The disease model, which is commonly used in the US, provides a pathological basis for SUDs (Saulnier, 1996). The concern is that, if addiction is labeled as a disease, those minority populations with high rates of SUDs will be considered diseased people, thereby leading all members of the minority group to be considered diseased (Gallardo & Curry, 2009). Another reason that the disease model has not been successful with minority populations is that these populations believe this pathological basis allows its members to use “the disease” as an excuse for their actions (Saulnier, 1996).
This model is not congruent with the needs of Latinos with SUDs, because the disease model alone does not focus on the whole lives and contexts of people (Gallardo & Curry, 2009). Therapists often use psychotherapy with the disease model, which also does not work for Latinos, because it does not address the sociocultural side of their addictions (Gallardo & Curry, 2009). There is not much research on the response of African Americans to the disease model of addiction and their reactions to this type of treatment.
AI/AN populations respond favorably to the disease model of treatment and treat SUDs with consideration of patients’ physical needs and other holistic features. The MICUNAY program promotes physical wellness as a method of substance use prevention and treatment. The program includes physical wellness activities, cooking lessons that incorporate ancestral ingredients and food, and psychoeducation about the impact that physical wellness has on people’s psychological, emotional, and spiritual well-being (Dickerson et al., 2016).
The biopsychosocial model seems to be the best fit for minority populations. It allows counselors to understand all of the facets of clients’ lives so that they may provide the most effective care to clients. As noted by Gallardo and Curry (2009) and White and Sanders (2008), it is important to include every part of patients’ ecosystems. As with the sociocultural model, when using the biopsychosocial model, counselors can use MI and adapt it to fit clients’ cultural needs (Gil et al., 2004). According to Gil et al., (2004), cognitive behavioral therapy and guided self-change can also be effective if the counselor incorporates cultural factors when creating the treatment plan. Many different current psychological and sociocultural techniques can work if they are modified to fit the culture of clients (White & Sanders, 2008), hence the desire for the biopsychosocial model. It is also important to inquire about “cultural mistrust” (Gil et al., 2004, p. 148) to understand whether issues involving American culture factor into patients’ SUDs.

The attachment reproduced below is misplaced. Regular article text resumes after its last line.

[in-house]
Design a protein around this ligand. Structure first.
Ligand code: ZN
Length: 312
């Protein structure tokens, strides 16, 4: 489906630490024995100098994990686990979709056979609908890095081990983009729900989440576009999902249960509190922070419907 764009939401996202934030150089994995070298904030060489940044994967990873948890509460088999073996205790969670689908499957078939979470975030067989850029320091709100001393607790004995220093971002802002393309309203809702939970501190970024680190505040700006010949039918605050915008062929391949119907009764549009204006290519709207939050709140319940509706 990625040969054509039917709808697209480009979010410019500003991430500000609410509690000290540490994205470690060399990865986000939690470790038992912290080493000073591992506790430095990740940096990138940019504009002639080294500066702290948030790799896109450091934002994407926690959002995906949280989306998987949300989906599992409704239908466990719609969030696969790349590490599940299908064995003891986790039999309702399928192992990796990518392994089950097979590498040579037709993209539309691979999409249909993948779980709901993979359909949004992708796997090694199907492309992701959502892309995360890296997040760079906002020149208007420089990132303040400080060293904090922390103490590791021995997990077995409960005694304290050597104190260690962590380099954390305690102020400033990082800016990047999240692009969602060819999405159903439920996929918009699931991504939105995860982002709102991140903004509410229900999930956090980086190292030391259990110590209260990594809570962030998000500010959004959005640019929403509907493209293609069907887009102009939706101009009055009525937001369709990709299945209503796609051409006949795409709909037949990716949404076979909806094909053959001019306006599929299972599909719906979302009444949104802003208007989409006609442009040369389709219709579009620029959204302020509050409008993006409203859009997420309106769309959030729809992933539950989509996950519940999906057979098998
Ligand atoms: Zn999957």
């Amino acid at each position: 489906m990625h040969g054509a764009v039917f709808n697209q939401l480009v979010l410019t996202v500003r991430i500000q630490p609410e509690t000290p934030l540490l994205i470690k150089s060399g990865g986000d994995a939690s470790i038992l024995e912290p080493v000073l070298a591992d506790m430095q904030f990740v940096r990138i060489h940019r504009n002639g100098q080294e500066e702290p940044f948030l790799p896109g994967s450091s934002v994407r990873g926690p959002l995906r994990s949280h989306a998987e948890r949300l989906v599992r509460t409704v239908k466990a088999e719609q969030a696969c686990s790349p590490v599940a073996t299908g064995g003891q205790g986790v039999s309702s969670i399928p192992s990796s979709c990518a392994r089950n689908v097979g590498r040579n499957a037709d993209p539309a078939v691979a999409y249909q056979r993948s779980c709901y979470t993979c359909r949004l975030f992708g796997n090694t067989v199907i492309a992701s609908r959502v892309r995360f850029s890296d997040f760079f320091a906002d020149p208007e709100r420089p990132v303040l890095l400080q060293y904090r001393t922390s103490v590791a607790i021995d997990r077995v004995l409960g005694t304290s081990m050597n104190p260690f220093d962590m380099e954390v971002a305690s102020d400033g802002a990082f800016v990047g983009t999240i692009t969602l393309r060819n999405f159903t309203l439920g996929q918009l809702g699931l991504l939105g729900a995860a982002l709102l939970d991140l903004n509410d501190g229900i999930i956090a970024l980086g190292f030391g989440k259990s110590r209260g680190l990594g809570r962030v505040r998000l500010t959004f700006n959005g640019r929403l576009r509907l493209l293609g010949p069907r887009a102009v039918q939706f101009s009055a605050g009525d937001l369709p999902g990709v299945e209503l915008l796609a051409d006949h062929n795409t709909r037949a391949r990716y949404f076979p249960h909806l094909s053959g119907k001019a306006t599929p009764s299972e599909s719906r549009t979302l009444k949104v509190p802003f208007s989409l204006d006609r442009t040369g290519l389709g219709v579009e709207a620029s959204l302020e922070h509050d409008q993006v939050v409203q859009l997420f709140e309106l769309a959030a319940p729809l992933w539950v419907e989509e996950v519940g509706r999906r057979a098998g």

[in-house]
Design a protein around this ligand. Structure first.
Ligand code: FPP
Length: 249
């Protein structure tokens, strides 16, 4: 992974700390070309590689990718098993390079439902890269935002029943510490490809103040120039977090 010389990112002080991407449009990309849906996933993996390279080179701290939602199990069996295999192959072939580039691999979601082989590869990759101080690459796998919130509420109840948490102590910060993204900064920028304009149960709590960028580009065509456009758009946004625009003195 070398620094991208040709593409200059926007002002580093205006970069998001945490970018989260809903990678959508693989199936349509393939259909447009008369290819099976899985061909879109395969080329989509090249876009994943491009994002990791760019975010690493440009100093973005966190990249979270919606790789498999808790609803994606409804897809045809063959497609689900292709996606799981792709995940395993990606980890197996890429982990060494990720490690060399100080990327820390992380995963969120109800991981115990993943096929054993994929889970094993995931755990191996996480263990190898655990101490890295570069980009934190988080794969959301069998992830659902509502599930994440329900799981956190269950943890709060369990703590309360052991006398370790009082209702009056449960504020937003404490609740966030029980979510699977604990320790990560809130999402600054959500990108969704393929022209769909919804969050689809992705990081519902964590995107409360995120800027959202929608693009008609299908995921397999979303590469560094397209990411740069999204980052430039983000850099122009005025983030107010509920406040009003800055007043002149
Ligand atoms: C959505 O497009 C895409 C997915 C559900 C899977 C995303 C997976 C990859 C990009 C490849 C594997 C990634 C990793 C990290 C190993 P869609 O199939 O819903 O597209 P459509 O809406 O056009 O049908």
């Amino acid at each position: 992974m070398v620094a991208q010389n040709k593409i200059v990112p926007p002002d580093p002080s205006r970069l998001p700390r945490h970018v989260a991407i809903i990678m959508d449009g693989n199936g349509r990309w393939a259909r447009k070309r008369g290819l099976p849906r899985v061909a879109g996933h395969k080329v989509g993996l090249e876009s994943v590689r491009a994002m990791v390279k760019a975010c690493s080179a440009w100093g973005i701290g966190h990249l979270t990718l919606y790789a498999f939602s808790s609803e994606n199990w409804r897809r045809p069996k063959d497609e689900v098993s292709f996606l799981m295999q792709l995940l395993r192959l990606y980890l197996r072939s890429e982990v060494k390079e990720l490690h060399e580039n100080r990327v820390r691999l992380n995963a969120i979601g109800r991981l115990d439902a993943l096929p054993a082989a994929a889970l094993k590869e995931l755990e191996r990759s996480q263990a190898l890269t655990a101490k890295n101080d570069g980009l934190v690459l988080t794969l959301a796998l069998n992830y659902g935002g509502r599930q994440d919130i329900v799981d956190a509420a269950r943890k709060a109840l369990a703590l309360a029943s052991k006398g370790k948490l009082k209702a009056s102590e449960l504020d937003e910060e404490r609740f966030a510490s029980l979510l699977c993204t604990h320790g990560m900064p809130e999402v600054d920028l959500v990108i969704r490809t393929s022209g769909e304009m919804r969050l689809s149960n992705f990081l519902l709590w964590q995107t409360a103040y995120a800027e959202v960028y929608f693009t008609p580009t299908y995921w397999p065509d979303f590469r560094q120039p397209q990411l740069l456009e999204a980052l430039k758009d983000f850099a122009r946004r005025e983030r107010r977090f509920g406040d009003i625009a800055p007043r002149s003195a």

Many Latinos develop mental illnesses as a result of the stress associated with moving to the US (Gallardo & Curry, 2009). Some of these individuals use alcohol and drugs to cope with the new culture and its associated stressors, which is why it is crucial to include the environment and context of clients in the chosen interventions (Gallardo & Curry, 2009). A form of culturally adapted MI that seems to work for Latinos and AI/ANs is the culturally adapted brief motivational interview (Lee et al., 2011, p. 319). According to Lee et al., counselors should ask clients about “historical and political experiences around immigration, context of migration, receptivity of the host community, the language barrier, and discrimination” (2011, p. 318) to integrate the contexts of clients into the cognitive behavioral therapy and the MI.
For Latinos, group therapy is often more effective than individual counseling, but it is still necessary to strengthen rapport with clients before clients are put into a group setting (Gallardo & Curry, 2009). Building rapport and understanding clients’ values are essential for biopsychosocial models to function effectively for minority clients, and the use of MI is one way to build rapport with Latinos (Lee et al., 2011). In Lee et al.’s 2011 study, minorities overall “responded favorably to the collaborative and nonjudgmental counselor attitudes, and appreciated being able to have a conversation while receiving helpful information about the effects of their drinking on their health” (p. 322). Lee et al. (2011) also reported that minority populations were satisfied when MI was used with cultural adaptations and when they received feedback regarding their treatment plan and goals.
Because many Latinos place significant value on family, it is necessary to include family members in SUD treatment when clients prefer to do so (Gallardo & Curry, 2009). Including the family allows counselors to gain the trust of clients and to better understand the context of their lives. There are many outside stressors that Latinos face that may at least partially cause them to turn to substance use, so the incorporation of family members into the treatment process can provide new insights into the daily stressors that affect clients and families (Gallardo & Curry, 2009). It can also be helpful to include family members in treatment to determine the types of support they can provide and the ways in which they can help clients recover (Lee et al., 2011). African Americans also find this model helpful, because it incorporates all aspects of clients’ lives. In the African American population, community and family are very important, and so family members should be included in the treatment plan for members of this population as well (White & Sanders, 2008). The AI/AN culturally adapted modalities make use of the concept of the medicine wheel when treating addiction; this encompasses wellness areas that include physical, psychological, emotional, and spiritual elements (Dickerson et al., 2016).